In its undiluted form, honey had the effect of killing off bacteria, which researchers believe could be linked to enzymes in the bees themselves or present in pollen.

I found this item interesting because I've been using honey lately for my severely chapped lips. Chapstick itself wasn't working; it wasn't until after I started smearing honey on my lips at night -- a remedy that I read about online -- that my lips began to heal. Another time, I had a case of poison ivy that refused to go away. It wasn't until after I took a bath with baking soda that I started feeling better. Benadryl, calamine lotion, nothing had worked prior to that.

It makes me wonder what other natural remedies work perfectly well for our physical maladies -- except our usual impulse is to purchase our relief in the form of a pill, cream or syrup. I'm sure there are manufactured products that are more effective and more convenient than the natural remedies.

At the same time, I wonder if the variety of products out there exists just so we as consumers come to believe all our problems can be solved by buying something. (And that goes as well for companies that specifically market "natural" remedies when a generic product would work just as well.)

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Wednesday, October 05, 2005

Penis Envy

You know where penises and the question of erectile function is involved, there will be "a raft of new studies."

"Women cyclists have not been studied as much ... but they probably suffer the same injuries," Dr. Irwin Goldstein is quoted as saying in a New York Times article on bicycle seat design. The article -- the most e-mailed one in the past 24 hours on the New York Times site -- also comes with a handy-dandy graphic, just in case you're, like, worried or something.

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Tuesday, October 04, 2005

For Fans Pt. 2

Found some more information about the mock trailer for The Shining. Apparently it was created for a competition sponsored by the Association of Independent Creative Editors. More details here.

In addition to The Shining trailer, see spoof trailers for West Side Story and Titanic, all made by assistant editors at P.S. 260.

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For Fans of "The Shining"

Have you ever thought movie trailers too indistinguishable from one another?

This mock trailer for The Shining (which I read about on Stay Free! Daily) proves that with careful editing, one can completely shape people's expectations of a movie. In most cases, studios want moviegoers to actually expect a good movie. I also love the use of music in this mock trailer. Could "Shining," a romantic drama, be next? The background music would have to be E.S. Posthumus's "Nara."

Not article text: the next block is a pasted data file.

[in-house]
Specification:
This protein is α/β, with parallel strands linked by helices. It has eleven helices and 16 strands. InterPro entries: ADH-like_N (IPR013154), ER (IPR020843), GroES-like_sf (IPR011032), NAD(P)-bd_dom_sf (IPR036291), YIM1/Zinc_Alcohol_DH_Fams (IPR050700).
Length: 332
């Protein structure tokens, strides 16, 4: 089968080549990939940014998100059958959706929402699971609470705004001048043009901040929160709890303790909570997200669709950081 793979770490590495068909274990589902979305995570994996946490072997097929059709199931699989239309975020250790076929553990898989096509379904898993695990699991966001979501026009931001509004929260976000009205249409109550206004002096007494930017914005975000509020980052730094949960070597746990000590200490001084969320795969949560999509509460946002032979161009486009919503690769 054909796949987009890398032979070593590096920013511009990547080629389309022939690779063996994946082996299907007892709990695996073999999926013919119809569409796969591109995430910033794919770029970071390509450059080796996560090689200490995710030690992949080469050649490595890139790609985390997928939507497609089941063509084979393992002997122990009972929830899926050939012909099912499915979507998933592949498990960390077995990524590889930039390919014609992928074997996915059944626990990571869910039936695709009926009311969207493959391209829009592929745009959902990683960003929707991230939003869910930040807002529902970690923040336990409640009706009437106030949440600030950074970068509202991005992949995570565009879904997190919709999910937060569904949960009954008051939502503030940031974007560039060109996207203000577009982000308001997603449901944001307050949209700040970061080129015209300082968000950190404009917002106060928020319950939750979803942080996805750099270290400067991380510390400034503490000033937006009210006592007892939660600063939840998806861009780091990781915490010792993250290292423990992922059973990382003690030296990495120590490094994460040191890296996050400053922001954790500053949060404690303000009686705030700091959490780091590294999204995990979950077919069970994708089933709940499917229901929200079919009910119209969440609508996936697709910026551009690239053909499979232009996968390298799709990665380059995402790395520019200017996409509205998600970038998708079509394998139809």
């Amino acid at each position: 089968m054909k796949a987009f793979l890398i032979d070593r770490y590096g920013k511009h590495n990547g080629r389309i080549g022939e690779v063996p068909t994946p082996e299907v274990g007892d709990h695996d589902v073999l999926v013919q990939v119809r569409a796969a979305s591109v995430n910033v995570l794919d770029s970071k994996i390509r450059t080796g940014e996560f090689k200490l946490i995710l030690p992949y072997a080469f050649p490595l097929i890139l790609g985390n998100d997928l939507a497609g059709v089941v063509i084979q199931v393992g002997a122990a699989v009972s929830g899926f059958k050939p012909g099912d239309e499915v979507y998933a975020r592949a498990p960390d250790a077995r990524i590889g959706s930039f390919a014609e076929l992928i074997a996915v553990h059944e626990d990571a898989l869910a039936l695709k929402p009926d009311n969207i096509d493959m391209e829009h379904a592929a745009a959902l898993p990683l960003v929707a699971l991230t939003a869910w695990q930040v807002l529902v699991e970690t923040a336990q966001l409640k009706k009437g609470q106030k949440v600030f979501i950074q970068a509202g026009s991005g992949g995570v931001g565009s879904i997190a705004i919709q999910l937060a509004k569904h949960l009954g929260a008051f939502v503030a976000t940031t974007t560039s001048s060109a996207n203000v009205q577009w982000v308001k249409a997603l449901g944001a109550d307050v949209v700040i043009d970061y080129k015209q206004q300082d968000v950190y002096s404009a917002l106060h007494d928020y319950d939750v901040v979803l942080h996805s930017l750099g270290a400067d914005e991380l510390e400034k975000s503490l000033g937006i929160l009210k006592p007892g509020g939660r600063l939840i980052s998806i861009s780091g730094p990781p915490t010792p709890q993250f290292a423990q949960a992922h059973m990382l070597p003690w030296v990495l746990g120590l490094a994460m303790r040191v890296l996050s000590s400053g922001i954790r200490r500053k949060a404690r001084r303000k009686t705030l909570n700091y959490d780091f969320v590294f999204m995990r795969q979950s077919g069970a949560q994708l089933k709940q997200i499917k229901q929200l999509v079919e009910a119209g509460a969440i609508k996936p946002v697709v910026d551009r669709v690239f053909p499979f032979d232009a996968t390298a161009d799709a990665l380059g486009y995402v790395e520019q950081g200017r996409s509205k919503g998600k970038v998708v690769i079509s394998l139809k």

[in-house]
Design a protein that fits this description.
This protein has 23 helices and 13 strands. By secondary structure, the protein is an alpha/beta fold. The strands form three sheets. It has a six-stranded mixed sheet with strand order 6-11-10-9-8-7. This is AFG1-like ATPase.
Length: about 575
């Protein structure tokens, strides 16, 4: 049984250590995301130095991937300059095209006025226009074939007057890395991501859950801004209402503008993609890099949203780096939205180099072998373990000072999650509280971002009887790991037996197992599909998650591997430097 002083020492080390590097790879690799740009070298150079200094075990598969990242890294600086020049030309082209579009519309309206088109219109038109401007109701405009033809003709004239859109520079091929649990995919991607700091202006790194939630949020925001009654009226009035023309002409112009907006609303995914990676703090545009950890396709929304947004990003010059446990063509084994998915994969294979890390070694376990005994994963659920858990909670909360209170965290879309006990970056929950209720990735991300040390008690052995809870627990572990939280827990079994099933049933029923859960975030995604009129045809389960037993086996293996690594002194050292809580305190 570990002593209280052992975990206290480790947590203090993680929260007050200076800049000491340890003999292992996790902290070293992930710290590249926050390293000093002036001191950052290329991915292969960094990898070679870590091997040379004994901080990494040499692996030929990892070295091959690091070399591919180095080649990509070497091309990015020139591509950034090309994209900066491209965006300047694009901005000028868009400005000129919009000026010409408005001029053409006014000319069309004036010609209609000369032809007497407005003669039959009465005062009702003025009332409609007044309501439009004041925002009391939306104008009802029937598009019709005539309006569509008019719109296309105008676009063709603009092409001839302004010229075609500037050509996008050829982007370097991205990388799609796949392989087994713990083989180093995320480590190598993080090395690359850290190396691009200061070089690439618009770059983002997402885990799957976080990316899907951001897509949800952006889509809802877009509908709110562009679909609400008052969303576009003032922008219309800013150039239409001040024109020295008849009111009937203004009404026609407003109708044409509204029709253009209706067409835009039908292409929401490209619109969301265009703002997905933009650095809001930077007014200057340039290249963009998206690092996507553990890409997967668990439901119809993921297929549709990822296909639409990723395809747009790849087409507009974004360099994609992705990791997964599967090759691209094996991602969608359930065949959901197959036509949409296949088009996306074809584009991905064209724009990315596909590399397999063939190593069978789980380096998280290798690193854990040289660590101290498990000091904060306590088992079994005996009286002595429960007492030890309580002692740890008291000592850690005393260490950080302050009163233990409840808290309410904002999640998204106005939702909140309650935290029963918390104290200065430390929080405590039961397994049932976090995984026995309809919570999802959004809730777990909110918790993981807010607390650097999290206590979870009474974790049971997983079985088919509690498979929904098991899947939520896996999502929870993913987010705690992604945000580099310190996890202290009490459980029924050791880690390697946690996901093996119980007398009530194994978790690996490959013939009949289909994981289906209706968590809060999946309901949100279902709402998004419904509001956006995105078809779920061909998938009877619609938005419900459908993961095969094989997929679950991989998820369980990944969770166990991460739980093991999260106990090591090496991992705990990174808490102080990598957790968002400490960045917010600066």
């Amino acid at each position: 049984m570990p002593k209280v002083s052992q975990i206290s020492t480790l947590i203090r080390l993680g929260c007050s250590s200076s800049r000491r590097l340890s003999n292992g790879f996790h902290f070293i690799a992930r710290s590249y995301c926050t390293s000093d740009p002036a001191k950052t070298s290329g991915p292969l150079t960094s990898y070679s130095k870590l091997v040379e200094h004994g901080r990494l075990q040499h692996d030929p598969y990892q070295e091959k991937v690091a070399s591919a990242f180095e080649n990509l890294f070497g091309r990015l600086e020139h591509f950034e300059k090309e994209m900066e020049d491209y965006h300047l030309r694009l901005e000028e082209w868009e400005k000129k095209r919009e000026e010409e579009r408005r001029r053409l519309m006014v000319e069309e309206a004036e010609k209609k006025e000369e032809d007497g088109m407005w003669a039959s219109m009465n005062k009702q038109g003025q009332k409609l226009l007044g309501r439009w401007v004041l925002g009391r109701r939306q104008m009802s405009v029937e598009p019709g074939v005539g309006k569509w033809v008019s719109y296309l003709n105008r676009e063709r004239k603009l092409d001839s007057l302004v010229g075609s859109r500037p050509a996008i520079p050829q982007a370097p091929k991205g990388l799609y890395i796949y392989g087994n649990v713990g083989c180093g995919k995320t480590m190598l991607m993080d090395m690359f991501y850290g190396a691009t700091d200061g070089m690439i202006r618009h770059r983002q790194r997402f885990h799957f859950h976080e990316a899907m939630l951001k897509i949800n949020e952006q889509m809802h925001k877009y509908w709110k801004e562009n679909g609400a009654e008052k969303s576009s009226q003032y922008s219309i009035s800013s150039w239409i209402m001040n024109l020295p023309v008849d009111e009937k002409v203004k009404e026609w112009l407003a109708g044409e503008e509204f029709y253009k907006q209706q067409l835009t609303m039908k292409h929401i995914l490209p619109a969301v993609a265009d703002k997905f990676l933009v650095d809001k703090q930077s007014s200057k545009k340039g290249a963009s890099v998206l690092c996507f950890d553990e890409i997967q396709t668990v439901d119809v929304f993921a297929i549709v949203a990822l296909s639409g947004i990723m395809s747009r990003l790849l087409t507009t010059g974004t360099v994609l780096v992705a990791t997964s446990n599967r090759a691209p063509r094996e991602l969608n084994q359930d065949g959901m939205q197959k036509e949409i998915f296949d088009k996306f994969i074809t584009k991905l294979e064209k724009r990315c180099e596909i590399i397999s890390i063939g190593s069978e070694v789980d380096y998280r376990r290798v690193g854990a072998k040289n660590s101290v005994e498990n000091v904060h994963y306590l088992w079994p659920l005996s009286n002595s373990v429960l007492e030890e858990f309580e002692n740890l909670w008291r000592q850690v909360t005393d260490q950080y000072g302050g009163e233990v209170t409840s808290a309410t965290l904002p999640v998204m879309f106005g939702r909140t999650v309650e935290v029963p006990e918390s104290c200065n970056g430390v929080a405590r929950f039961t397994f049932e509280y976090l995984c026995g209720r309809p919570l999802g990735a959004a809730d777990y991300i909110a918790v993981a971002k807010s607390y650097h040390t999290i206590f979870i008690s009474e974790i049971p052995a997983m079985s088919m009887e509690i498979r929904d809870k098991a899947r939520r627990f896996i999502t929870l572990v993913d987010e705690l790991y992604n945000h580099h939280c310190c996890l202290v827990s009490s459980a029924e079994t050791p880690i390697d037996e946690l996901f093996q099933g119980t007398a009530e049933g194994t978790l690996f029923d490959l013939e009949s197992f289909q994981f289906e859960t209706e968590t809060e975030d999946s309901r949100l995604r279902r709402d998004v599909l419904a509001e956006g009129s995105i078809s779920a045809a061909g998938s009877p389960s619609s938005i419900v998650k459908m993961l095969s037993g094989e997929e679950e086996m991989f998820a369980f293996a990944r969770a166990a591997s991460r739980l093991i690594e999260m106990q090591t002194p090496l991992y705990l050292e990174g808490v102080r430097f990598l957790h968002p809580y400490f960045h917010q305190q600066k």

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Monday, October 03, 2005

I Will Not Love You Long Time

Usually I'm loathe to supply titles for my entries, but an obvious title presented itself for this entry. Saw an ad for, which carries the most awesome shirts. Besides "I Will Not Love You Long Time," the Web site sells the shirt below:
Pretty succinct.

I worked on my photojournalism assignment tonight, riding my bike around Park Slope and Prospect Park, keeping an eye out for potential subjects while bearing down on my brakes cruising down hills. The assignment -- environmental portraits -- was a perfect opportunity for me to stick my nose into other people's business and capture them unguarded. No one I approached refused to be photographed, though more than one was weirded out by my request. "It's just for class!" I'd assure them, at which point they'd "joke" about my bringing them a copy of their photo, which I'll do because hey, it's always good to cultivate potential sources, right?

I'm proud of the photos I took for my previous assignment, which was to cover a prearranged event. I traveled down to D.C. for the anti-war protest/march on the White House. Before the march, I purchased a three-pack roll of film and ended up buying a fourth roll because I just saw so much that I wanted to capture. After I get my photos back from my professor, I'll post them on my Web site.

One thing that struck me was how peaceful the march was. Not unexpectedly, the crowd consisted mostly of younger people, but I saw a number of older people, married couples, and families with young children. And a swarm of credentialed photographers.